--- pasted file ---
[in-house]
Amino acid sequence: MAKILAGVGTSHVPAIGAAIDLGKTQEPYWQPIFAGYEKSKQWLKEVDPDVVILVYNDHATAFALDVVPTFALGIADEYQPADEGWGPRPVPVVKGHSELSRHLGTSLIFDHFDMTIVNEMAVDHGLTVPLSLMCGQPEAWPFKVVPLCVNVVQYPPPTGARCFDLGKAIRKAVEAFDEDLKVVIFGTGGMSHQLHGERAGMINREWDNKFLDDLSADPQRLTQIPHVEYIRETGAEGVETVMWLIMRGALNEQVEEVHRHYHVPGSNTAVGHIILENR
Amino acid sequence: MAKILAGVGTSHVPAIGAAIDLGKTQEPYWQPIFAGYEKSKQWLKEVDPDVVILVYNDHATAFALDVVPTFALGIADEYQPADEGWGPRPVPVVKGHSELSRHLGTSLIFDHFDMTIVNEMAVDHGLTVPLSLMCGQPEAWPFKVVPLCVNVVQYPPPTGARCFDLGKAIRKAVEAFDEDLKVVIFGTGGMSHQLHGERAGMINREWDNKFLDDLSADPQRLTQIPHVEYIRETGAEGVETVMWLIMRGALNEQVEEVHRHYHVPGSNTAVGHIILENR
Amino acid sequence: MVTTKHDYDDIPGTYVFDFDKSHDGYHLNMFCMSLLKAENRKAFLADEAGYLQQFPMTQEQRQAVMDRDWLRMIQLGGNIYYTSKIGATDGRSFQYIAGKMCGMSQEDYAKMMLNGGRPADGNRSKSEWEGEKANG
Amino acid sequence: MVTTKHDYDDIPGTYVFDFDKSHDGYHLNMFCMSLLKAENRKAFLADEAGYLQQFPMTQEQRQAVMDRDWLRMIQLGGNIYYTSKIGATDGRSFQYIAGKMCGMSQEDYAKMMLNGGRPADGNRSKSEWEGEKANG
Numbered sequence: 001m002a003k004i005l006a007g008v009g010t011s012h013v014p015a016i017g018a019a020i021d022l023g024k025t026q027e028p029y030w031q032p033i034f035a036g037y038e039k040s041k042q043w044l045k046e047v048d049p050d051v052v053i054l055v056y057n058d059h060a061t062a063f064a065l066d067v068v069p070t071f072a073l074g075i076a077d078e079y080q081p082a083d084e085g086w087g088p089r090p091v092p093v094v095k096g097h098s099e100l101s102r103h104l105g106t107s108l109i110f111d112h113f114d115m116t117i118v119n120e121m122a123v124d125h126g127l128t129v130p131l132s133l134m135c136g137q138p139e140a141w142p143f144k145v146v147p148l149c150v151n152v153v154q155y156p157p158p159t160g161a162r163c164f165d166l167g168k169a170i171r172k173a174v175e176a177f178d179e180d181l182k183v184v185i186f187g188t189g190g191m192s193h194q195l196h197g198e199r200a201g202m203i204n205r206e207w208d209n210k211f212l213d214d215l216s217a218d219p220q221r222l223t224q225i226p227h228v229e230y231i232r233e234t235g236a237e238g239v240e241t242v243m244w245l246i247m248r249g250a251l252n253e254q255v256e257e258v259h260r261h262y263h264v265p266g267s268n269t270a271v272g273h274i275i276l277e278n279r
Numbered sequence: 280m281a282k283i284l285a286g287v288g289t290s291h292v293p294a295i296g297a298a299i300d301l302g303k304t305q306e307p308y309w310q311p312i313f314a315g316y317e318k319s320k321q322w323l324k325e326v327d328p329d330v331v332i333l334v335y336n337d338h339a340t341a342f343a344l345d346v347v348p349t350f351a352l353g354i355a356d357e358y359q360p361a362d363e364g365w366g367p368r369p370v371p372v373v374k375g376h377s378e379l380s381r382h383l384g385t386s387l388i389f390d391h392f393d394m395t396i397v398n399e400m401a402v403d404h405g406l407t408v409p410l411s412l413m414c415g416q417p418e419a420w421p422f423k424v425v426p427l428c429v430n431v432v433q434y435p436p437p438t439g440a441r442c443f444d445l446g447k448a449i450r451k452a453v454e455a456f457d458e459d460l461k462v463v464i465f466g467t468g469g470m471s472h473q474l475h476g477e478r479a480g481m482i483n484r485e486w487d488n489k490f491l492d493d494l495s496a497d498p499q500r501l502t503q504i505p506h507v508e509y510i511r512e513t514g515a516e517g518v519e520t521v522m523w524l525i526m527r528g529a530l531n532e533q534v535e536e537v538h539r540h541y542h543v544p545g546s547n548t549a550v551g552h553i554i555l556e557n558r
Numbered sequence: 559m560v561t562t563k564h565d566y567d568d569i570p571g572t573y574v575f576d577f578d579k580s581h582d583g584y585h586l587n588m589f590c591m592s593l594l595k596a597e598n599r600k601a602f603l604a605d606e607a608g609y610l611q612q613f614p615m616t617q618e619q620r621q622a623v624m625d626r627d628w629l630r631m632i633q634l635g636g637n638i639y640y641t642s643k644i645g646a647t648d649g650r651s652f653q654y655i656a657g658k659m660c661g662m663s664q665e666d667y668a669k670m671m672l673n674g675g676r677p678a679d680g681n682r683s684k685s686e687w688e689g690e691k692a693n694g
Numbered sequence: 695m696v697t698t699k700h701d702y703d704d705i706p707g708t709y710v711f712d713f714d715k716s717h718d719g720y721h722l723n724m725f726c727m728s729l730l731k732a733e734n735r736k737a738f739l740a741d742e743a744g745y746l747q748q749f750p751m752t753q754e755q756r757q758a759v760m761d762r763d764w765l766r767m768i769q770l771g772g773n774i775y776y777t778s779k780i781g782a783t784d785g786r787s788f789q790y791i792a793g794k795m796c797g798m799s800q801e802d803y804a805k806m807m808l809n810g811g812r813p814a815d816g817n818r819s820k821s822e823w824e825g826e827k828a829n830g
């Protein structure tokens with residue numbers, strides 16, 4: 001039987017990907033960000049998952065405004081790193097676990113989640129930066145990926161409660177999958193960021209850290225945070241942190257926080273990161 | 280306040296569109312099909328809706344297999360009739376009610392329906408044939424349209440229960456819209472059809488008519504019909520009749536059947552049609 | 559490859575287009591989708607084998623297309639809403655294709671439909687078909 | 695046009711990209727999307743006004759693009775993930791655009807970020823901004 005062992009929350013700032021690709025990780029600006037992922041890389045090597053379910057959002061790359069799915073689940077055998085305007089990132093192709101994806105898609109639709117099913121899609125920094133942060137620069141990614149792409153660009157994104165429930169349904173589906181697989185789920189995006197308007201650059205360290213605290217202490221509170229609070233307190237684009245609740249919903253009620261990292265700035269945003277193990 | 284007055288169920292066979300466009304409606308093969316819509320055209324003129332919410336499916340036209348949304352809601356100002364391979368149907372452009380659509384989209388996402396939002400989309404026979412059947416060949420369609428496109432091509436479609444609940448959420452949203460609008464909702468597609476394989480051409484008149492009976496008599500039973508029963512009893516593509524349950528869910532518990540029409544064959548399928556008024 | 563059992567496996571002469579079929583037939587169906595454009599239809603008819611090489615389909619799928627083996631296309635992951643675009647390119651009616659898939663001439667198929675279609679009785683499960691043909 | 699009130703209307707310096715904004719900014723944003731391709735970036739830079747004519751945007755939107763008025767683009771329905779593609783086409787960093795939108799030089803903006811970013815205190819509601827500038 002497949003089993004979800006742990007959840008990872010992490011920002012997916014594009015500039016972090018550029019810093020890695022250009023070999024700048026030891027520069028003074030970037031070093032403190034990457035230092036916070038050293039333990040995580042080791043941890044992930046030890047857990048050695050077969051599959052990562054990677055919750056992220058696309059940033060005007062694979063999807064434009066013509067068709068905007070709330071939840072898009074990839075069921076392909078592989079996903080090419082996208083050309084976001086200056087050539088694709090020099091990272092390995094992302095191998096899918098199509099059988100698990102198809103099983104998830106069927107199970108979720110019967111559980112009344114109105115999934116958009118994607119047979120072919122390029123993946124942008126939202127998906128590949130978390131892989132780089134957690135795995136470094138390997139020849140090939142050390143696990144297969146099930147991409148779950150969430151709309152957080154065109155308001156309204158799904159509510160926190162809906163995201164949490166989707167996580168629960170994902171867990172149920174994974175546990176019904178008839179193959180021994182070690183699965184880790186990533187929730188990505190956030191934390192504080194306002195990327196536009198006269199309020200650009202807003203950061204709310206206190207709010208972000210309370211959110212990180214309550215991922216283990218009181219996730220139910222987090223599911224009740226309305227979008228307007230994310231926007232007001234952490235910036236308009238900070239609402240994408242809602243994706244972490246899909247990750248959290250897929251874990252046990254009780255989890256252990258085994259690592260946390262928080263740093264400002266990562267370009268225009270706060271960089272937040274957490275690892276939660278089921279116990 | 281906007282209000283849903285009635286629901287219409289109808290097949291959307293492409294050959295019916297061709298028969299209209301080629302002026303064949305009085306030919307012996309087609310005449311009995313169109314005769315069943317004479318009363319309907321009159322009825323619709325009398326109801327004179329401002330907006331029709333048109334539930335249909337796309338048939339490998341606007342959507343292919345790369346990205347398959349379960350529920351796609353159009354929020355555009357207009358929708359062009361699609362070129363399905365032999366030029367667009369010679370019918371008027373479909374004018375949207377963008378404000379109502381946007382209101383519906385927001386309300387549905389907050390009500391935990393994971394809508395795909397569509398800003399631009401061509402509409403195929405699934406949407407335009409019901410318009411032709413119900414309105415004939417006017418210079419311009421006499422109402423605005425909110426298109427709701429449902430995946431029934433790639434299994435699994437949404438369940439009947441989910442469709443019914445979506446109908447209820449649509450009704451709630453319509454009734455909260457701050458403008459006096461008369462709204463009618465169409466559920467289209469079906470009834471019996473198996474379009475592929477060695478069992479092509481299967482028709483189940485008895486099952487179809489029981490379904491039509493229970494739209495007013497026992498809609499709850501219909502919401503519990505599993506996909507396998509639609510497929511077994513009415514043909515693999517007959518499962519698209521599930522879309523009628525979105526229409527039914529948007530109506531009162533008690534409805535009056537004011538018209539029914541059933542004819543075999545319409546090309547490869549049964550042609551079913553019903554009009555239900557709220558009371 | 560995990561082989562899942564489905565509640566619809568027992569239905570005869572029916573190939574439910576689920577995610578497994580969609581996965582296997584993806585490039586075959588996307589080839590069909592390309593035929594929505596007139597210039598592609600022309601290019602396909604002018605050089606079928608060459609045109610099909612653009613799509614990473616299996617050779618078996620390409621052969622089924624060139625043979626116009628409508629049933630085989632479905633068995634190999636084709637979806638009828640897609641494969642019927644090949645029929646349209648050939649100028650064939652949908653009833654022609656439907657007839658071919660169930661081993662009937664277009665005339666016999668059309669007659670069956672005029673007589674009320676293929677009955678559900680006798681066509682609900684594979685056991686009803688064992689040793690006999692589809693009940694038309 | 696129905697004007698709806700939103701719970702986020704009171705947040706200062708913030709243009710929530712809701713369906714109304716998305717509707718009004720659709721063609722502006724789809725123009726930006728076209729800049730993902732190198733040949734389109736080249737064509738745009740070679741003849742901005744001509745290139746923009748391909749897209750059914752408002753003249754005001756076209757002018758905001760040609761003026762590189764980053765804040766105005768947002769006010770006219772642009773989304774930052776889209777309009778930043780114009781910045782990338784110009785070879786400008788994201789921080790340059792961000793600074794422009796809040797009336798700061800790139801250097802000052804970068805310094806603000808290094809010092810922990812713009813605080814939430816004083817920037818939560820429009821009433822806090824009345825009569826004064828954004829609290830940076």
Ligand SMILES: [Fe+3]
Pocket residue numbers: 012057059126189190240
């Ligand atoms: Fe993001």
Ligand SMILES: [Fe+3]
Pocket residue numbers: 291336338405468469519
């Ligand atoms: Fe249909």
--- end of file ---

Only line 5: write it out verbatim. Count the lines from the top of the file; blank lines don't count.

Amino acid sequence: MVTTKHDYDDIPGTYVFDFDKSHDGYHLNMFCMSLLKAENRKAFLADEAGYLQQFPMTQEQRQAVMDRDWLRMIQLGGNIYYTSKIGATDGRSFQYIAGKMCGMSQEDYAKMMLNGGRPADGNRSKSEWEGEKANG